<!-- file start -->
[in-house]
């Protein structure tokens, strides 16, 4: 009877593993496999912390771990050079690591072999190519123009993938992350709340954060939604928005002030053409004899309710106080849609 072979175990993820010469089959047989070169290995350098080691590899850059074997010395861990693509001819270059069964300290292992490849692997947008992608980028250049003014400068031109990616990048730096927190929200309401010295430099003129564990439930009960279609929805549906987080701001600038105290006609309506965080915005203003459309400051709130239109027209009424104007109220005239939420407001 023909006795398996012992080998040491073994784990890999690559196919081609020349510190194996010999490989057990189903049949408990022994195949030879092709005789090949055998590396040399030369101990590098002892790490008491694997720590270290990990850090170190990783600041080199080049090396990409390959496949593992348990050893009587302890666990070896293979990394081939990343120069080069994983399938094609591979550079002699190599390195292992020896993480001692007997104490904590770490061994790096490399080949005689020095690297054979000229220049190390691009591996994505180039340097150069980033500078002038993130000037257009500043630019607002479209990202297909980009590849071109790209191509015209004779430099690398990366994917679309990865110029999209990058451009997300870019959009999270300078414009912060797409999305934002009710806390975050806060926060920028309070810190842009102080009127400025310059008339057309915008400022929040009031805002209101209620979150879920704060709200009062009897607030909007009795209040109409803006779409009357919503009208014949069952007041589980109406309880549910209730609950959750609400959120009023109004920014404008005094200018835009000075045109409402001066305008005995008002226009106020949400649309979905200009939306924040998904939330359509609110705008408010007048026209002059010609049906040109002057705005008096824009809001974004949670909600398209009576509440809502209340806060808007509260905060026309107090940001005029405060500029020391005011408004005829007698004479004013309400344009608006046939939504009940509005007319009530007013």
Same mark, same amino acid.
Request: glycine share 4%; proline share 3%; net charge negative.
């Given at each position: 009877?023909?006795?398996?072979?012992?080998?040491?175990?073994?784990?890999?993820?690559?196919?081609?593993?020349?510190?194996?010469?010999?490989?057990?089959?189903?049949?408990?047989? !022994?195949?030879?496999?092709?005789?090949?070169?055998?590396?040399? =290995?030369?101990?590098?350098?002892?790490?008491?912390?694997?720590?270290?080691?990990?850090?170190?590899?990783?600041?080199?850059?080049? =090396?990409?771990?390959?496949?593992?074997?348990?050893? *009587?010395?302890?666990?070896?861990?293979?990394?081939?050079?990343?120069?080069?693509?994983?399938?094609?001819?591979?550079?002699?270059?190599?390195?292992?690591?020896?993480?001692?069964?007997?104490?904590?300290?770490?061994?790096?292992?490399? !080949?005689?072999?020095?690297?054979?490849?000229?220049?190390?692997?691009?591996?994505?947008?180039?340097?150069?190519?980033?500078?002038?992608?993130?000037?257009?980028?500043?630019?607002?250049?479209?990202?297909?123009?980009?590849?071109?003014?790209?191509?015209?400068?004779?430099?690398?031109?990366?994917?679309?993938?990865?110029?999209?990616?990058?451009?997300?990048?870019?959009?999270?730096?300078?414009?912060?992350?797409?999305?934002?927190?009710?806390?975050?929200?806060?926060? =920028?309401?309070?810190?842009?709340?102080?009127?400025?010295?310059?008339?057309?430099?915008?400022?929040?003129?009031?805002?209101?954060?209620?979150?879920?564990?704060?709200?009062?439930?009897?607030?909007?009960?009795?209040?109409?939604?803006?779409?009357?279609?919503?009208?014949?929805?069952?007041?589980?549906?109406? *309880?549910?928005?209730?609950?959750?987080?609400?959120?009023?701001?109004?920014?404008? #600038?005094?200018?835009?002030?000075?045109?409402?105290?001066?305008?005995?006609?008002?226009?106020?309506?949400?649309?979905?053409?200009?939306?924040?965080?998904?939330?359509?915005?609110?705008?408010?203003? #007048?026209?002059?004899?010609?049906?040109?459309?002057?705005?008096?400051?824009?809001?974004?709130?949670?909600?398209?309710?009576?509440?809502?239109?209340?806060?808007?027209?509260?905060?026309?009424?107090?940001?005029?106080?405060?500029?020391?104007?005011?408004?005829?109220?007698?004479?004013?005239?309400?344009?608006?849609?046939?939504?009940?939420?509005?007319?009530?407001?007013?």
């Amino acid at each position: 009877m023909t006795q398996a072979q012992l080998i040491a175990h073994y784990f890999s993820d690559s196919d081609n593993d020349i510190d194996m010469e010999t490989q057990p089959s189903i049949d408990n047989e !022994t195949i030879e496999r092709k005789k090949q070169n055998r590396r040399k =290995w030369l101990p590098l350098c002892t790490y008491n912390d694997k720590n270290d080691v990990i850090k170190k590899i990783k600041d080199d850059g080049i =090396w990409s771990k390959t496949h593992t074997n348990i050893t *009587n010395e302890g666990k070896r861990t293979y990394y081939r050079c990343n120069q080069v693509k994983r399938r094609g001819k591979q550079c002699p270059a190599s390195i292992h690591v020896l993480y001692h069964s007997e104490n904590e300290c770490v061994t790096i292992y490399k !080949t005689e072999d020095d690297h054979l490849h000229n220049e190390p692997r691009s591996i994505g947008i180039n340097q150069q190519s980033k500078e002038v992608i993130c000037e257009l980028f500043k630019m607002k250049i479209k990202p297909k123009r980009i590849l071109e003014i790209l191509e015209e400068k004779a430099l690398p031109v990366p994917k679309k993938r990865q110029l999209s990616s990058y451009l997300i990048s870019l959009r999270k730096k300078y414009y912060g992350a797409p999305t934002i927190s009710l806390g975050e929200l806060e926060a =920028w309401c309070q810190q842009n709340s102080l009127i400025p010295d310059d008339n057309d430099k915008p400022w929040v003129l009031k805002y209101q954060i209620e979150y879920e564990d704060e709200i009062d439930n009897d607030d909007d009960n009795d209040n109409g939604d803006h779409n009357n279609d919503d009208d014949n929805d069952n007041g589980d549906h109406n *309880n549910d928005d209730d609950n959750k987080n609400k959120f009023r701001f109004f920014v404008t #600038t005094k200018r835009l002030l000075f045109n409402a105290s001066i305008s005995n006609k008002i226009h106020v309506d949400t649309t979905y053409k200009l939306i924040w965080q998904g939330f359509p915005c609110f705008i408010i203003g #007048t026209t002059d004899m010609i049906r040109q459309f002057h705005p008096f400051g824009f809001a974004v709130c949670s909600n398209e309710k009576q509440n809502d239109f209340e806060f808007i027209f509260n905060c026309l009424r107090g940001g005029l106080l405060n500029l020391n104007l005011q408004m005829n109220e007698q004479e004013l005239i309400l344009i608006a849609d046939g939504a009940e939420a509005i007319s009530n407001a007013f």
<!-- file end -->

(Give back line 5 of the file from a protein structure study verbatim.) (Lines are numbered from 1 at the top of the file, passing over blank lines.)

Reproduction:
């Given at each position: 009877?023909?006795?398996?072979?012992?080998?040491?175990?073994?784990?890999?993820?690559?196919?081609?593993?020349?510190?194996?010469?010999?490989?057990?089959?189903?049949?408990?047989? !022994?195949?030879?496999?092709?005789?090949?070169?055998?590396?040399? =290995?030369?101990?590098?350098?002892?790490?008491?912390?694997?720590?270290?080691?990990?850090?170190?590899?990783?600041?080199?850059?080049? =090396?990409?771990?390959?496949?593992?074997?348990?050893? *009587?010395?302890?666990?070896?861990?293979?990394?081939?050079?990343?120069?080069?693509?994983?399938?094609?001819?591979?550079?002699?270059?190599?390195?292992?690591?020896?993480?001692?069964?007997?104490?904590?300290?770490?061994?790096?292992?490399? !080949?005689?072999?020095?690297?054979?490849?000229?220049?190390?692997?691009?591996?994505?947008?180039?340097?150069?190519?980033?500078?002038?992608?993130?000037?257009?980028?500043?630019?607002?250049?479209?990202?297909?123009?980009?590849?071109?003014?790209?191509?015209?400068?004779?430099?690398?031109?990366?994917?679309?993938?990865?110029?999209?990616?990058?451009?997300?990048?870019?959009?999270?730096?300078?414009?912060?992350?797409?999305?934002?927190?009710?806390?975050?929200?806060?926060? =920028?309401?309070?810190?842009?709340?102080?009127?400025?010295?310059?008339?057309?430099?915008?400022?929040?003129?009031?805002?209101?954060?209620?979150?879920?564990?704060?709200?009062?439930?009897?607030?909007?009960?009795?209040?109409?939604?803006?779409?009357?279609?919503?009208?014949?929805?069952?007041?589980?549906?109406? *309880?549910?928005?209730?609950?959750?987080?609400?959120?009023?701001?109004?920014?404008? #600038?005094?200018?835009?002030?000075?045109?409402?105290?001066?305008?005995?006609?008002?226009?106020?309506?949400?649309?979905?053409?200009?939306?924040?965080?998904?939330?359509?915005?609110?705008?408010?203003? #007048?026209?002059?004899?010609?049906?040109?459309?002057?705005?008096?400051?824009?809001?974004?709130?949670?909600?398209?309710?009576?509440?809502?239109?209340?806060?808007?027209?509260?905060?026309?009424?107090?940001?005029?106080?405060?500029?020391?104007?005011?408004?005829?109220?007698?004479?004013?005239?309400?344009?608006?849609?046939?939504?009940?939420?509005?007319?009530?407001?007013?």